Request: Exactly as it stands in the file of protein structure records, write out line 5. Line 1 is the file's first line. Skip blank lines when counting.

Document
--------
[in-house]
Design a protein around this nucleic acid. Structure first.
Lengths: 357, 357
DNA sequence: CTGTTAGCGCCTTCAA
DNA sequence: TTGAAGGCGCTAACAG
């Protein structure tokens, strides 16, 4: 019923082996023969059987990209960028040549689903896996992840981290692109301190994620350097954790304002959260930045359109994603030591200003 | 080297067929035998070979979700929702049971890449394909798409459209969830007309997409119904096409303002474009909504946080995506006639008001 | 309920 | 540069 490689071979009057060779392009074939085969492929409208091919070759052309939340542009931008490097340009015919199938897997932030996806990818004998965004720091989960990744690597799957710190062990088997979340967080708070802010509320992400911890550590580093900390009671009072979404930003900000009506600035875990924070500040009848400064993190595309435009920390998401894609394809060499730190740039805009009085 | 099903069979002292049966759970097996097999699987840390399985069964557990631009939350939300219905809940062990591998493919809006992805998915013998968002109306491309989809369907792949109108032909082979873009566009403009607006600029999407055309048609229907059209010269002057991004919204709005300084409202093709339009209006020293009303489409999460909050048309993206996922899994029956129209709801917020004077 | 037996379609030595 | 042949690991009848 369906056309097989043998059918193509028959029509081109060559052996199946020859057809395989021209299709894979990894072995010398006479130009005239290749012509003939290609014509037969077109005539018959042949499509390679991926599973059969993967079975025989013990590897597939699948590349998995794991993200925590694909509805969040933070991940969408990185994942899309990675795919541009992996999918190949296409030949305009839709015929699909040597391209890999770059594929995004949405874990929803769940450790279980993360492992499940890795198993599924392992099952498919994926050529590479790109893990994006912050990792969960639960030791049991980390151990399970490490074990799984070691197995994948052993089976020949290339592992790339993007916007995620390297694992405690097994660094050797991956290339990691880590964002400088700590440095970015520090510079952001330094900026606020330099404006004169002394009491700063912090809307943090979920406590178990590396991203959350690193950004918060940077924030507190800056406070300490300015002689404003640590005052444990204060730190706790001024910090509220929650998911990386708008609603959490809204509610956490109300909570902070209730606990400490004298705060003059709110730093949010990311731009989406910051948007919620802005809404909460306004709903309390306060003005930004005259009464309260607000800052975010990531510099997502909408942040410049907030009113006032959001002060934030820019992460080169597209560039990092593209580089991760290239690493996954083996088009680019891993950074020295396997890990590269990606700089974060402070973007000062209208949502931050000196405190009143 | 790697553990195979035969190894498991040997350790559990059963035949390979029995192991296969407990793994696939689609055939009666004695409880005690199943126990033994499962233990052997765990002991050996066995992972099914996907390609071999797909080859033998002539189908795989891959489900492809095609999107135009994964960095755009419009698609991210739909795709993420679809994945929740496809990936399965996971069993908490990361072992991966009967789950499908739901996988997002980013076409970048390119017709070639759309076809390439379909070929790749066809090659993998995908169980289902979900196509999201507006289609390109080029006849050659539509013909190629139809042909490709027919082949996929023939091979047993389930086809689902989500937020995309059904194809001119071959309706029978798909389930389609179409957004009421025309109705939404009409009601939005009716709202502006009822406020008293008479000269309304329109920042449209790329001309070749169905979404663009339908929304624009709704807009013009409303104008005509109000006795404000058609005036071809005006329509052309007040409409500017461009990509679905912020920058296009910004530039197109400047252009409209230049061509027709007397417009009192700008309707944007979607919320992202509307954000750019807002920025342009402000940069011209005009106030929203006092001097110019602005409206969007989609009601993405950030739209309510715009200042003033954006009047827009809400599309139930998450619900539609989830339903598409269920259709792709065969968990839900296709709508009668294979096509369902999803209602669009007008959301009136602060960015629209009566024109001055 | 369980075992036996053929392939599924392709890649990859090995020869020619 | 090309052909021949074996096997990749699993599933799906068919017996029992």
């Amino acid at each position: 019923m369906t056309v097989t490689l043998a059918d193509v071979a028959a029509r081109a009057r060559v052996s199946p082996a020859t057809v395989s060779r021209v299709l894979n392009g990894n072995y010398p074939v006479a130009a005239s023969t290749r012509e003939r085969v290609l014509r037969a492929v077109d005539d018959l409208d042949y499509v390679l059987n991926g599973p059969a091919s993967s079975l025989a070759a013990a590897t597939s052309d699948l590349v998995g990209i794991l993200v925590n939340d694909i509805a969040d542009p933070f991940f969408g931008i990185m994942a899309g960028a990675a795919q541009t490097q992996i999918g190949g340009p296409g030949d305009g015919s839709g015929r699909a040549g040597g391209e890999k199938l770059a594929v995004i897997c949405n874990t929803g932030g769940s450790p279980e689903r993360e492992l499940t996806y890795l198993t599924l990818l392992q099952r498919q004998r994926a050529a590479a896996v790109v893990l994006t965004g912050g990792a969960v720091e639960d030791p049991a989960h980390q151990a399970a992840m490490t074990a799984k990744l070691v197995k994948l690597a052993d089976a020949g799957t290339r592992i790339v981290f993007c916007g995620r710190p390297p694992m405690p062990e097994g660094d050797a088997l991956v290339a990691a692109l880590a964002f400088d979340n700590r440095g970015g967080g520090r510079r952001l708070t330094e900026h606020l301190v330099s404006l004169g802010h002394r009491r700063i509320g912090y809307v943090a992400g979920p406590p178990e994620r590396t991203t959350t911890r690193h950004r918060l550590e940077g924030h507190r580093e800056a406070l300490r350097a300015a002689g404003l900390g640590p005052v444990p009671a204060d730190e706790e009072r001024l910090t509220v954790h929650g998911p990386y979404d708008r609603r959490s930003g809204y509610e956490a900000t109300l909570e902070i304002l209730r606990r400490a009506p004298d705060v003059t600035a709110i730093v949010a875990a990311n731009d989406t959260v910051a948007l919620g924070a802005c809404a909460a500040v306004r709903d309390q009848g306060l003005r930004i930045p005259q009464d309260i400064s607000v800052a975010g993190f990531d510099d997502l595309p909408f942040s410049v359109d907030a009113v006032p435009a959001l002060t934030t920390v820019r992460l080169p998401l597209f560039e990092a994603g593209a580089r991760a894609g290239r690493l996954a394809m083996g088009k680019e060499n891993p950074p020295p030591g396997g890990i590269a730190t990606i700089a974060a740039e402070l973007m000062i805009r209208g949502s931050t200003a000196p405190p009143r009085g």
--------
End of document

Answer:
DNA sequence: TTGAAGGCGCTAACAG